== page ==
Pubdate: Sat, 23 May 2015
Source: Geelong Advertiser (Australia)
Copyright: 2015 The Geelong Advertiser Pty Ltd
Author: Mandy Squires
Page: 33


Semantics instead of confronting this scourge won't help

IN a week the Geelong community has talked openly and honestly about
ice, some bureaucrats and academics have sadly failed to do the same.

Concerning themselves more with the language used in the Addy's
Breaking Ice series than with the people and truth behind our stories.

Epidemic is defined as "the occurrence of more cases of a disease than
would be expected in a community during a given time period".

This week we have heard Geelong drug rehab providers say the number of
people being admitted to their centres for ice addiction has risen by
about 40 per cent in the last few years. We've heard the convener of a
local family drug support service say the group - previously made up
of family members of alcoholics, cannabis smokers, pill poppers and
more - is now "all ice".

Mostly, and most importantly, we've heard from the desperate families
of ice addicts and from current and former ice users. We've heard
their own stories, in their own voices. Their voices are valid.

They've told us, that all of a sudden, ice is "everywhere".

In suburban homes, in the mall, in schools, on job sites, at footy
clubs and at teen parties.

Yet the same health professionals and academics who ask us to call and
treat drug addiction as a disease, insist ice use is not "epidemic" in
Geelong or anywhere else.

People at the top of the regional division of the Department of Human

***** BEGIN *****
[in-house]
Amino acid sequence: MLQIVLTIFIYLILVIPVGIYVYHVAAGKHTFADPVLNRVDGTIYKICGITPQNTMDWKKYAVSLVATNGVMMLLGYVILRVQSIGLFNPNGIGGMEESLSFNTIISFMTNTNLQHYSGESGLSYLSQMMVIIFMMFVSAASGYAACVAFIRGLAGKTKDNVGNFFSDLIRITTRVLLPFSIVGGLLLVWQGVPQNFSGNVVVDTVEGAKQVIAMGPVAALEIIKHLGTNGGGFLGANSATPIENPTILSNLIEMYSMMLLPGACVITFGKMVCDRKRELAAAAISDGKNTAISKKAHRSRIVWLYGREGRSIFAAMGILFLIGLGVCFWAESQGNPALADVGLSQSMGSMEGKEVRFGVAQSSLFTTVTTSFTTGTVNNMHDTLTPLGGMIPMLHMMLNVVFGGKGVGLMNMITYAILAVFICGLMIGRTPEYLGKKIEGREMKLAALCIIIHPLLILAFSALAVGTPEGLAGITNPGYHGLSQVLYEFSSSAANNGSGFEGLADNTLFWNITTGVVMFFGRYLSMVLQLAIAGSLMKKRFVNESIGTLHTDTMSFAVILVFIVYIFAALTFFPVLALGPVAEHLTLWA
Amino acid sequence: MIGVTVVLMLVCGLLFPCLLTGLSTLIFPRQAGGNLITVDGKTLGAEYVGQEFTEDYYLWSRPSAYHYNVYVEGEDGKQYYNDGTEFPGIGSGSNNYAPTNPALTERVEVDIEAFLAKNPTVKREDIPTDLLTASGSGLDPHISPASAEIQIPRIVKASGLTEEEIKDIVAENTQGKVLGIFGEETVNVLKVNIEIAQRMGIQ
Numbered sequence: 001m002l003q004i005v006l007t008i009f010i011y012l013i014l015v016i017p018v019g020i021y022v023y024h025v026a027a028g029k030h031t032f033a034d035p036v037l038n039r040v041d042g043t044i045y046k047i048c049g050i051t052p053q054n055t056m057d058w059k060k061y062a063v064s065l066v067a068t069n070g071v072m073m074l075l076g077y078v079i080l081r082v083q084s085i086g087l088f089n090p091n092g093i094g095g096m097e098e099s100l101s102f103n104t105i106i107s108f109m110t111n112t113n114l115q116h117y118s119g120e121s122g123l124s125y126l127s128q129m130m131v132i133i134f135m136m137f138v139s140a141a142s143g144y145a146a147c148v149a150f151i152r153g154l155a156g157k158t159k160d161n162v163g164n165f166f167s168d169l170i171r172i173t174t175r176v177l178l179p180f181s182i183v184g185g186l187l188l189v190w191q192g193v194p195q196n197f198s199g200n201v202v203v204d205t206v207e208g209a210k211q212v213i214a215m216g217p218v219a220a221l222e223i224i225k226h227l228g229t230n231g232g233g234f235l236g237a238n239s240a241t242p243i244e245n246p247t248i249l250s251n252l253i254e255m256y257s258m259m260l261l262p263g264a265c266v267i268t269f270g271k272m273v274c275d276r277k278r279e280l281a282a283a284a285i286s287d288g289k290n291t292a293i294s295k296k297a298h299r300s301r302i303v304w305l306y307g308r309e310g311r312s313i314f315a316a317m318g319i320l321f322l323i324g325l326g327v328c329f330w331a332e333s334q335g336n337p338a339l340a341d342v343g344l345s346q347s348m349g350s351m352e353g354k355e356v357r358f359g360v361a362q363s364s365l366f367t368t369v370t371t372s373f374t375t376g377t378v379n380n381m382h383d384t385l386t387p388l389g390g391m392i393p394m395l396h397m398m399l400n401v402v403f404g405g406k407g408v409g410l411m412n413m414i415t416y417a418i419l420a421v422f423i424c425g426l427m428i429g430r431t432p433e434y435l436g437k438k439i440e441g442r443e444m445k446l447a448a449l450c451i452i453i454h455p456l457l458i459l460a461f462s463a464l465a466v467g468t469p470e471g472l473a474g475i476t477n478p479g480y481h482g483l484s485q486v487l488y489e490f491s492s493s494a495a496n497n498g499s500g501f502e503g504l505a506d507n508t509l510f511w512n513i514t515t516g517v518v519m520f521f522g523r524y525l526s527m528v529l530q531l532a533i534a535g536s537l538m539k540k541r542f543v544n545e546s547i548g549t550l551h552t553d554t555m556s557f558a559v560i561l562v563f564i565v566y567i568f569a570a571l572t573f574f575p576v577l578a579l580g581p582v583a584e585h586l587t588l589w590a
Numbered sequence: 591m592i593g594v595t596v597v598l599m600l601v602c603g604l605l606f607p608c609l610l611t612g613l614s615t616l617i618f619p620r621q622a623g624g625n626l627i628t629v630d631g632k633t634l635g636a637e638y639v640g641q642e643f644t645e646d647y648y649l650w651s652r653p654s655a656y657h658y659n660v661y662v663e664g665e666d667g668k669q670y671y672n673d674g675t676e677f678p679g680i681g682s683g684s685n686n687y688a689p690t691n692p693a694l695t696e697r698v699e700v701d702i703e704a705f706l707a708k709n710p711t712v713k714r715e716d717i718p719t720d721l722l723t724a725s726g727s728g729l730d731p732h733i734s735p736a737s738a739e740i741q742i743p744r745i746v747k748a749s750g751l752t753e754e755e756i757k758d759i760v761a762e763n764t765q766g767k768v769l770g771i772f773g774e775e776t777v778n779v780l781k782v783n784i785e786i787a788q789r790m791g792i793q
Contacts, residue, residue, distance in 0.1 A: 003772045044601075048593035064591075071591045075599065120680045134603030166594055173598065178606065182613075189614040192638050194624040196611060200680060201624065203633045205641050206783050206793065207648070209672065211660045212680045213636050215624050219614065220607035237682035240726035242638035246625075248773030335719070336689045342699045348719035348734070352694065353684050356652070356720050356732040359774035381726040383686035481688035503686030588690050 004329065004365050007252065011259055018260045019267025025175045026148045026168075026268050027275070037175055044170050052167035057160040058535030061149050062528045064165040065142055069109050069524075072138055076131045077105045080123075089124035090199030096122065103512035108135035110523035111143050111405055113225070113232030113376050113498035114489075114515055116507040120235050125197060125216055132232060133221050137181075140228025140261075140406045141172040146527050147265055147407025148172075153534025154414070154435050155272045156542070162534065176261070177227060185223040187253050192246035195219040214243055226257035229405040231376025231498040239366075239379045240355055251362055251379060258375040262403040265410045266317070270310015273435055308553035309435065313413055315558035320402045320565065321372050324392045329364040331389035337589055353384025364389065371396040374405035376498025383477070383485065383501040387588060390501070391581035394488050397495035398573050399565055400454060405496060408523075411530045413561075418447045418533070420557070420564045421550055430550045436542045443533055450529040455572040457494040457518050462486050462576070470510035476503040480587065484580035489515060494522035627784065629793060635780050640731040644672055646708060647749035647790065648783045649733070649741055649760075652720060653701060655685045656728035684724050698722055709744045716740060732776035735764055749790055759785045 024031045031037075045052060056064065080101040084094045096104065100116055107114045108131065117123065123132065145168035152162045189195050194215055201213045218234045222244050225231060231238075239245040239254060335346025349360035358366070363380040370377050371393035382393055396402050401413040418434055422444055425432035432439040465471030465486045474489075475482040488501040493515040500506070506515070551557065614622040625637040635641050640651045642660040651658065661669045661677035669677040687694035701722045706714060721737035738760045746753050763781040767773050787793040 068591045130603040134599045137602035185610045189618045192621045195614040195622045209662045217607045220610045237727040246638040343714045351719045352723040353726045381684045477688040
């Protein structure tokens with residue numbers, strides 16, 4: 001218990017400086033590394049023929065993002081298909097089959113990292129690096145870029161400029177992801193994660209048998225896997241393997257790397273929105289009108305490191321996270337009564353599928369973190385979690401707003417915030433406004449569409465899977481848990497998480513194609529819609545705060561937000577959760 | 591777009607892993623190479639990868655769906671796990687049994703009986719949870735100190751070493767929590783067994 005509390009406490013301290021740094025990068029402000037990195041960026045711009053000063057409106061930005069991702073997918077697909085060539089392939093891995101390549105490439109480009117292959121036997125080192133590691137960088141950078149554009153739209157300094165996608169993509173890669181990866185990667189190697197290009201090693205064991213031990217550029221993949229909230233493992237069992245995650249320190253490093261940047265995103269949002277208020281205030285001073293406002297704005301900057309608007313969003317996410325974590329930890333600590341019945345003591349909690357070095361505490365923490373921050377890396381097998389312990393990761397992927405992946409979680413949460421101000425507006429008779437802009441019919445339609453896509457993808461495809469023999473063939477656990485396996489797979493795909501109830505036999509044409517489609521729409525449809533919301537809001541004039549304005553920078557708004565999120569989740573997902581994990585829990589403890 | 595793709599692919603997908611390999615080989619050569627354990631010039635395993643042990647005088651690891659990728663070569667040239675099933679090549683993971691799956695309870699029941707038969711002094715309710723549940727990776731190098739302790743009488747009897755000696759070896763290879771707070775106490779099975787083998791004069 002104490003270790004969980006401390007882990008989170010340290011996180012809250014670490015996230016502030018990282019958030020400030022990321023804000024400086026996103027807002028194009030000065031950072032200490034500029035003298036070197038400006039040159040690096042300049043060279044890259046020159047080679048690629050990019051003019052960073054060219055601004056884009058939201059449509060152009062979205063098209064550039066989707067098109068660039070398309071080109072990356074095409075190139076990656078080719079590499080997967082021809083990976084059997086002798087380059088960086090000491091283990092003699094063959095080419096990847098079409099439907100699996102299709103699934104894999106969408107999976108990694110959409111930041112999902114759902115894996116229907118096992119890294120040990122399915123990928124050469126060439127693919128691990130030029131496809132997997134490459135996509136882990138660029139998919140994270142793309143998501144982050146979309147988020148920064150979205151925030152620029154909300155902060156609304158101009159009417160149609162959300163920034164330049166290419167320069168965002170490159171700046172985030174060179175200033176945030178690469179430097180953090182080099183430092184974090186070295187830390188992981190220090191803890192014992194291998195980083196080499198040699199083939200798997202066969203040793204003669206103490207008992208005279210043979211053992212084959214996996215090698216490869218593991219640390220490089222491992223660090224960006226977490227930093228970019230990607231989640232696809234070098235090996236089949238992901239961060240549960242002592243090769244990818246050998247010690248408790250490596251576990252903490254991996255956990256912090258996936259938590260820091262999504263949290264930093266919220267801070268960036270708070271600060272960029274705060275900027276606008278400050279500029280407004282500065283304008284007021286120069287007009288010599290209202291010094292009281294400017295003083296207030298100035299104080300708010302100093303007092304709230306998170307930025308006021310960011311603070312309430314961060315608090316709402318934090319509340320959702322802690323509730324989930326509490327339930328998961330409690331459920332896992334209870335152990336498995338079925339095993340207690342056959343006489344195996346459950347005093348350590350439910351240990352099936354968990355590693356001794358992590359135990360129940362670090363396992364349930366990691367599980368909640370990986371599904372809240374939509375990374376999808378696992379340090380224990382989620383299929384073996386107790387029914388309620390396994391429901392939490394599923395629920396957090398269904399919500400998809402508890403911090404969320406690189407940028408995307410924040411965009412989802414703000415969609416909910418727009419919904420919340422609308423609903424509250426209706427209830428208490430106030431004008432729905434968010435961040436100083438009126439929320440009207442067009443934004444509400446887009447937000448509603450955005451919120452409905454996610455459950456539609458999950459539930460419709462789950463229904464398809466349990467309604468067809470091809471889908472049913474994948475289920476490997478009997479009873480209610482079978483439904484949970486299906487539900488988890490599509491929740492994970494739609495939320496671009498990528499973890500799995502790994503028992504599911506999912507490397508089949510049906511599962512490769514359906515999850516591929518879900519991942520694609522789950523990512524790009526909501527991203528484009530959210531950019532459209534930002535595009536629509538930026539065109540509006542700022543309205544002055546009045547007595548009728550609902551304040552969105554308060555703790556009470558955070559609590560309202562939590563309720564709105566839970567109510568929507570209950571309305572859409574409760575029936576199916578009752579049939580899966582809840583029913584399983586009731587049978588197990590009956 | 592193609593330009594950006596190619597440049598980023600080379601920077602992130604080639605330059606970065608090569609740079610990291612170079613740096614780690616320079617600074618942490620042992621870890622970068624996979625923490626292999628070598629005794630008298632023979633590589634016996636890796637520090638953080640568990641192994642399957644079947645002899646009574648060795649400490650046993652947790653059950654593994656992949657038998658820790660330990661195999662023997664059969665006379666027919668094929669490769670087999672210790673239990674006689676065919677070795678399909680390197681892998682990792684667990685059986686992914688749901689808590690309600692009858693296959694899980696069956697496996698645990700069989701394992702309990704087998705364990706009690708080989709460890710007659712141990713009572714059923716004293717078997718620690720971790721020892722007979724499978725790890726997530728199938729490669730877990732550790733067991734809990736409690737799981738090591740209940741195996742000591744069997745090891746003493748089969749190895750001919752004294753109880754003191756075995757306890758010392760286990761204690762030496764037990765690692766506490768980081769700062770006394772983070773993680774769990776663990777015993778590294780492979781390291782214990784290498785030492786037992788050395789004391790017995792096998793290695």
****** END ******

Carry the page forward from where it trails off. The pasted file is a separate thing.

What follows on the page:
Services and Barwon Health's Drug and Alcohol Services told the Addy's
this week that word didn't apply, and it shouldn't be used.

That's despite the fact the number of people seeking treatment through
Barwon Health's own drug and alcohol service for amphetamine use has
more than doubled in the last three years.

Other language - the language actually used by the families affected
by ice addiction - was also "unhelpful", the Addy's was told by the
Barwon Health and DHS experts.

It was alcohol - not ice - that was the biggest problem in our
community, they said.

Barwon Health clinicians and DHS bureaucrats and service providers
were feeling offended by "the tone" of the Addy's ice series, they

The number of people seeking treatment for alcoholism through Barwon
Health's drug and alcohol service has remained steady over the last
few years, at about 48 per cent.

That makes it an endemic health problem, which is defined as "a
disease or condition regularly found among particular people or in a
certain area".

So yes, it's a wider problem than ice use, as university researchers
(often heavily invested in alcohol research) are telling us from their
ivory towers.

But of note is the fact the data used to inform the research papers of
academics in the ice versus alcohol debate is often old. Given ice use
has spiked in the last three years, there would appear to be little
benefit in penning papers based on statistical evidence from 2012 or
earlier, to inform debate.

The families of ice users - the people on the ground - are telling us
ice does more damage than alcohol.

Partners of addicts have told the Addy's the punches come more
frequently - and land harder and with more accuracy - when ice is
involved than with alcohol.

Excess alcohol consumption often results in poor reflexes, stumbling
and eventually, sleep, they say.

Not so ice. Awake for days at a time and with "almost superhuman"
strength, angry men on ice can, and do, inflict pain on their
partners, family members and even pets, without respite.

There are few, if any, family members of ice users (and even fewer
addicts) who would agree with the academics and health and government
officials who say the ice problem in regional Australia is a media

They would do well to climb down from their ivory towers, and start
listening to the people who really know about the damage done by ice -
the people involved.
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